Chris Smith is a 25 year veteran of the gem and jewelry industry with a distinguished international career. He began his interest in gemology in 1986, when he joined the GIA Laboratory, then in Los Angeles, CA, after graduating from their graduate gemologist and graduate jeweler's programs. Although initially a diamond grader, he quickly transitioned into the Gem Identification department where he worked with such notable gemologists as Shane McClure, Robert E. Kane, Chuck Fryer, Emmanuel Fritsch, and many others.

In 1991, Chris went to work for the Gübelin Laboratory of Luzern, Switzerland, where he eventually became Director of the Laboratory. At that time, he was the first gemologist ever to have worked for both the GIA and Gübelin laboratories. In his nearly 12 years at the Gübelin Laboratory, Chris oversaw operations, developed key new services, and expanded the scope of Gübelin's operations globally.

He also pioneered research into several areas of gemology, including the further development and refinement of country-of-origin criteria for rubies, sapphires, emeralds, alexandrites, and other gemstones. This innovative work included the characterization of ruby and sapphire from a number of newly discovered deposits, such as rubies and sapphires from Mong Hsu, Nepal, Tajikistan, and Vietnam, as well as other localities.

As part of his research activities, he has visited a number of gem mines, including those in Myanmar, Sri Lanka, the Ural Mountains in Russia, Australia, Tanzania and Thailand. While focusing a great deal of his efforts on the determinations for country-of-origin, he also has worked extensively on the distinction between treated and non-treated gems, including research on a variety of heating techniques for corundum, HPHT treatment of diamonds, and other treatments. The origin-of-color and its identification in ruby, sapphire, diamond, coral, tanzanite and other materials, the identification of and distinction between natural and synthetic gems, and the further development of analytical techniques and their applications in gemology also have been focuses of his work.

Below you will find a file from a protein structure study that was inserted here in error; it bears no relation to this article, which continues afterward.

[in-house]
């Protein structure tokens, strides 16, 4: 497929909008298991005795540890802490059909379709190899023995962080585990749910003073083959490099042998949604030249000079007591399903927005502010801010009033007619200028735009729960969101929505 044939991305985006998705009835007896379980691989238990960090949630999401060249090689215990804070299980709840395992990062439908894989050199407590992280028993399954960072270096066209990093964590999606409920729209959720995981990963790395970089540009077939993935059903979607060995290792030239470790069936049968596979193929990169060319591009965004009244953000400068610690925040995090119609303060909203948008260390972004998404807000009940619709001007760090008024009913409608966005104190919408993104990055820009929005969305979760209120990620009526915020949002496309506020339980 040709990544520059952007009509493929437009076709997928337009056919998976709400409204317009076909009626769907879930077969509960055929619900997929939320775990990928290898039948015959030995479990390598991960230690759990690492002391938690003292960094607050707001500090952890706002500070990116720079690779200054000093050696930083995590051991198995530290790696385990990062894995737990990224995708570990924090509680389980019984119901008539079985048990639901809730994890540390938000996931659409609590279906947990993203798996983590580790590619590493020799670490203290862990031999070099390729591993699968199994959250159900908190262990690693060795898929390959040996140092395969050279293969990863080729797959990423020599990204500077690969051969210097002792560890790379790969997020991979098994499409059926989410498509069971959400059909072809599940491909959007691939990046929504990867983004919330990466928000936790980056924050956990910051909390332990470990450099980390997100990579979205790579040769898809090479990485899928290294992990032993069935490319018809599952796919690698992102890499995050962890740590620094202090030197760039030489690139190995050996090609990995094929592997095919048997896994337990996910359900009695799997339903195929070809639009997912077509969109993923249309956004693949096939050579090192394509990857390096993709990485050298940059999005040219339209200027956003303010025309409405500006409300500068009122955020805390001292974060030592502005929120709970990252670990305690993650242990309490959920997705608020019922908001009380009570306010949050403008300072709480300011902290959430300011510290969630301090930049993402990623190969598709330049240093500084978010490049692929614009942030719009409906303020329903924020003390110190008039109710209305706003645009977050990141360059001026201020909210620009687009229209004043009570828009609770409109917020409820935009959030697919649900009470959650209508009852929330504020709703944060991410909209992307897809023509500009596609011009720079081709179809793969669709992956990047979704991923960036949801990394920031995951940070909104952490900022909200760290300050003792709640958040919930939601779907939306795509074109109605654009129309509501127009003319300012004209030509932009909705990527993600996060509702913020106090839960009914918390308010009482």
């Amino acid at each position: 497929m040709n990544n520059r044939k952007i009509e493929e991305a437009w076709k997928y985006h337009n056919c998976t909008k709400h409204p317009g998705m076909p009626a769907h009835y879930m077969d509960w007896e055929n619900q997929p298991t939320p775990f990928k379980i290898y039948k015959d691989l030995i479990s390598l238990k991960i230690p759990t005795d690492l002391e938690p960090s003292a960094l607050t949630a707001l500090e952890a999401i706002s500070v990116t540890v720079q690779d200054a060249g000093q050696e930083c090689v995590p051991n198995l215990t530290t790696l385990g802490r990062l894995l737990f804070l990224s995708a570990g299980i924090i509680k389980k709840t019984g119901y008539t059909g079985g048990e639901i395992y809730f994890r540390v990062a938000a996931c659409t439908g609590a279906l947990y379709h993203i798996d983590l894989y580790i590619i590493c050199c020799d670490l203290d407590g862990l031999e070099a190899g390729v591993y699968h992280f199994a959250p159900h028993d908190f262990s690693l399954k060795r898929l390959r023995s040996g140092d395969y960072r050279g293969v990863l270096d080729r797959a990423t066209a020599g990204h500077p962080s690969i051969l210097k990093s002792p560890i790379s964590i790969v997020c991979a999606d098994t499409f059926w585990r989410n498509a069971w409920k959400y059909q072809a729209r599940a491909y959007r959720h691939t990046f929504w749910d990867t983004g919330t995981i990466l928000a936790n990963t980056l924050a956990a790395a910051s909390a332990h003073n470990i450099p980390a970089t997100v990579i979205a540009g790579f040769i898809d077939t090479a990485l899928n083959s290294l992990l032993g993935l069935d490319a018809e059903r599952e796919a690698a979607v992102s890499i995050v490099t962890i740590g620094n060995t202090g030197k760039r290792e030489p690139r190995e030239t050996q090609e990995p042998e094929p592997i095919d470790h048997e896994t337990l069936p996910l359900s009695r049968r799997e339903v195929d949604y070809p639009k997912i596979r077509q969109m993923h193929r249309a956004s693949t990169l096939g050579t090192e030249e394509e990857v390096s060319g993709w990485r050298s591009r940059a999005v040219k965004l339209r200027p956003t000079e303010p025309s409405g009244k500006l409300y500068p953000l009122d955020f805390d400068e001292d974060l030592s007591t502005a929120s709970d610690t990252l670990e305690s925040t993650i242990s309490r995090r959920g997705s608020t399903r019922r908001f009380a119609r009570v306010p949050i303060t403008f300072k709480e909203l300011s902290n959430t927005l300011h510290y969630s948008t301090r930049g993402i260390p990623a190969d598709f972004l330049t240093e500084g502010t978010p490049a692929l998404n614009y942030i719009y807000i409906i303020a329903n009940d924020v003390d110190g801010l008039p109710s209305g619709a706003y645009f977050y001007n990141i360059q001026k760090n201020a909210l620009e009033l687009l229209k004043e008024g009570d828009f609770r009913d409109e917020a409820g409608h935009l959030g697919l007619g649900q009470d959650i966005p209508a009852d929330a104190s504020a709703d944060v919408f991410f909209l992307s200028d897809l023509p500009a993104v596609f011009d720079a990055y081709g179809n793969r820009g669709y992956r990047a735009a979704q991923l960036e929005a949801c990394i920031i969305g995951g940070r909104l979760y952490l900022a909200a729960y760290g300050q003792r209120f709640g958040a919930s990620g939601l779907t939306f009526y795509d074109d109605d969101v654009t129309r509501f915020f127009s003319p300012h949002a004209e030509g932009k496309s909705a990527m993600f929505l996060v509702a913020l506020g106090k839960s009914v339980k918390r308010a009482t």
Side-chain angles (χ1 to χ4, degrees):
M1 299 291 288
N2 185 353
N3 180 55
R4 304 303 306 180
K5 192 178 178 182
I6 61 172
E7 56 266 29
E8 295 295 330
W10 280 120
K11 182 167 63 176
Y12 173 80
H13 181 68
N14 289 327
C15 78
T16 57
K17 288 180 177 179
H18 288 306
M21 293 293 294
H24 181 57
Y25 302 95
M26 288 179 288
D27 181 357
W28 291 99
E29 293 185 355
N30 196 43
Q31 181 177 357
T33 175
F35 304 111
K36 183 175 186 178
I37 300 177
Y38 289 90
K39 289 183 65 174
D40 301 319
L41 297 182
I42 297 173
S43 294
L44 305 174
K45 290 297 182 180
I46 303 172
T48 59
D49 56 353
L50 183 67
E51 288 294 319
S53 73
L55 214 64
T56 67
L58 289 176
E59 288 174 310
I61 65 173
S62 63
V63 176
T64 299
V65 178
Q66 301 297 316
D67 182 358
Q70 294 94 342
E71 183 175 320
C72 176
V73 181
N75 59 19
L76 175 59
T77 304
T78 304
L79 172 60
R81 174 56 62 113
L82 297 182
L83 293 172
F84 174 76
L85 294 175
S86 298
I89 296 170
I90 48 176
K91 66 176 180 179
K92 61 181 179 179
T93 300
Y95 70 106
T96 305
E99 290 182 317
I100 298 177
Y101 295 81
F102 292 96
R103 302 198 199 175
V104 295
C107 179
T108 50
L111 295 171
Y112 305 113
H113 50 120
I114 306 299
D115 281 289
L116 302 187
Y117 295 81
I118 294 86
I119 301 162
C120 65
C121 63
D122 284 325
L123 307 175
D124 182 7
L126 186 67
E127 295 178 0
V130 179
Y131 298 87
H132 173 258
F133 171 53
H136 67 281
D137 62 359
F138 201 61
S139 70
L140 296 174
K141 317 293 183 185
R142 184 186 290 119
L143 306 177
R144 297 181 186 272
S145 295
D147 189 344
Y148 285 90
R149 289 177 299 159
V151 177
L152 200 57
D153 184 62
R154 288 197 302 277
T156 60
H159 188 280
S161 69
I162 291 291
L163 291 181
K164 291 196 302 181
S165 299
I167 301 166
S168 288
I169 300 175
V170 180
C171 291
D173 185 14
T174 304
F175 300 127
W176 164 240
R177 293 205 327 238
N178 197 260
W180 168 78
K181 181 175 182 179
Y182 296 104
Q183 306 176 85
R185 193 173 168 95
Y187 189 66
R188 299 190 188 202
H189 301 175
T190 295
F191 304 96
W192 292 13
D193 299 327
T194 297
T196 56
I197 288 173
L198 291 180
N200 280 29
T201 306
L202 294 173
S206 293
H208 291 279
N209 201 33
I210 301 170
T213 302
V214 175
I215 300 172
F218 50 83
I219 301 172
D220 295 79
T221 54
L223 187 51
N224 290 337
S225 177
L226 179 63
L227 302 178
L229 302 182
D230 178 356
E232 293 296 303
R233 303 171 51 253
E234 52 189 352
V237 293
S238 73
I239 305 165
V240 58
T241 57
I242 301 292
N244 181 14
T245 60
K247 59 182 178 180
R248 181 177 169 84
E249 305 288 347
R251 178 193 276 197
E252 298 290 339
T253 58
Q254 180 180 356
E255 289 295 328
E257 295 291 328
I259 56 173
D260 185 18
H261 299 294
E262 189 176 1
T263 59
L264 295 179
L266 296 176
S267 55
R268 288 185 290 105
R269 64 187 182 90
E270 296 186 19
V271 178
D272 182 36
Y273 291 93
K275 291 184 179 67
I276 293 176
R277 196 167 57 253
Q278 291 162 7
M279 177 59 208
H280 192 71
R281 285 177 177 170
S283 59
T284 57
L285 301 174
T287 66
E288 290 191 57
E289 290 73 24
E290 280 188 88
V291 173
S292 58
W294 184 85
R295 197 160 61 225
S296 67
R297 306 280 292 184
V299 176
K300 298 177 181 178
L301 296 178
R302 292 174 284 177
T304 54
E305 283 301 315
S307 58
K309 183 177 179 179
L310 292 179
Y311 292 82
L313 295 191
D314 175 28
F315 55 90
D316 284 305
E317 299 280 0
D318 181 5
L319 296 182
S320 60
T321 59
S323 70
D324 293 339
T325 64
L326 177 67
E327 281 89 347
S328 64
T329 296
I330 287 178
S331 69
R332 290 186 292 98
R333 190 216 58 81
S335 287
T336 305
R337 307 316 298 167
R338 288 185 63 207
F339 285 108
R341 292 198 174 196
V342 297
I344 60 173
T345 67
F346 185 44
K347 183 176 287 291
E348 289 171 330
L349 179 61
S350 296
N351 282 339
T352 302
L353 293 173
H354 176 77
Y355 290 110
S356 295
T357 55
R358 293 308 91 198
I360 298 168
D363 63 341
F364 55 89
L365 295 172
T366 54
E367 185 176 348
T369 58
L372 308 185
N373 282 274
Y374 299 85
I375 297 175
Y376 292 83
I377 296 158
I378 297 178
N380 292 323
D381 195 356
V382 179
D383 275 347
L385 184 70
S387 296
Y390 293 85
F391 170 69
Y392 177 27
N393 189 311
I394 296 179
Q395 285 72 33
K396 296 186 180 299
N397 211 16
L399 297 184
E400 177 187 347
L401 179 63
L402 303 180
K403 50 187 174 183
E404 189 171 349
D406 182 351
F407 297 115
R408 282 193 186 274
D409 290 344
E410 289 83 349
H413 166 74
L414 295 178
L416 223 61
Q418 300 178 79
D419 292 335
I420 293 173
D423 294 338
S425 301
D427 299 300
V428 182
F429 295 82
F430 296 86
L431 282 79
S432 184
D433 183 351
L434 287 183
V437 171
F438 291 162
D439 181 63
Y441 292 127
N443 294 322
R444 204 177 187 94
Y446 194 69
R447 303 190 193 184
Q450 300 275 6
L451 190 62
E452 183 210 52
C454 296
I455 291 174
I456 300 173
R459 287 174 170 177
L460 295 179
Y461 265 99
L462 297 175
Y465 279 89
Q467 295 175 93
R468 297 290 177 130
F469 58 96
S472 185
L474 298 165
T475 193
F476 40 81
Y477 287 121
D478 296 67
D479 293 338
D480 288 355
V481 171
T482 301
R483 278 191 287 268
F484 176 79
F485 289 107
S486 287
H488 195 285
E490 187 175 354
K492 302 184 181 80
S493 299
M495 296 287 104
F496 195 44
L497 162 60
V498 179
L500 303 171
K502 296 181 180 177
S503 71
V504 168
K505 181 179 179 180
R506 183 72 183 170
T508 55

In 2003, Chris returned to the GIA Laboratory, this time in New York. As the Director of Identification Services, he was involved with the development of colored gemstone services and research. In December of 2006, Chris joined the American Gemological Laboratories (AGL) as Vice President and Chief Gemologist to spear-head the growth and development of their colored gemstone services. In April of 2009, Chris became President and owner of AGL.

Chris has made innovations to several areas of gemological testing and its applications for the gemstone industry, including: landmark studies on the detection of HPHT treatment of type II diamonds; methods for examining the internal growth structures of gemstones; the application of infrared spectroscopy for the distinction between non-heated and heated rubies and sapphires; the 'TE' system of classifying and quantifying the heat treatment and presence of heating residues in rubies and sapphires; the development of 'off-site' gemological testing for major laboratories; and most recently, a revolutionary classification system for gem-quality rubies and sapphires.

Along with his identification and research work, Chris has published and lectured extensively on various gemological topics. In 2010 he was awarded an honorary Fellowship (FGA) by the Gemmological Association of Great Britain (Gem-A) for his career-long commitment to the advancement of gemology. In 2009 Chris received the Antonio C. Bonnano award for Excellence in Gemology from the Accredited Gemologists Association (AGA). In 2007, Chris was awarded the Richard T. Liddicoat award by the American Gem Society (AGS). He is a past recipient of the Most Valuable Article Award in Gems & Gemology and has been a member of their technical review board since 1993. He also was a founding member of the Laboratory Manual Harmonization Committee (LMHC).

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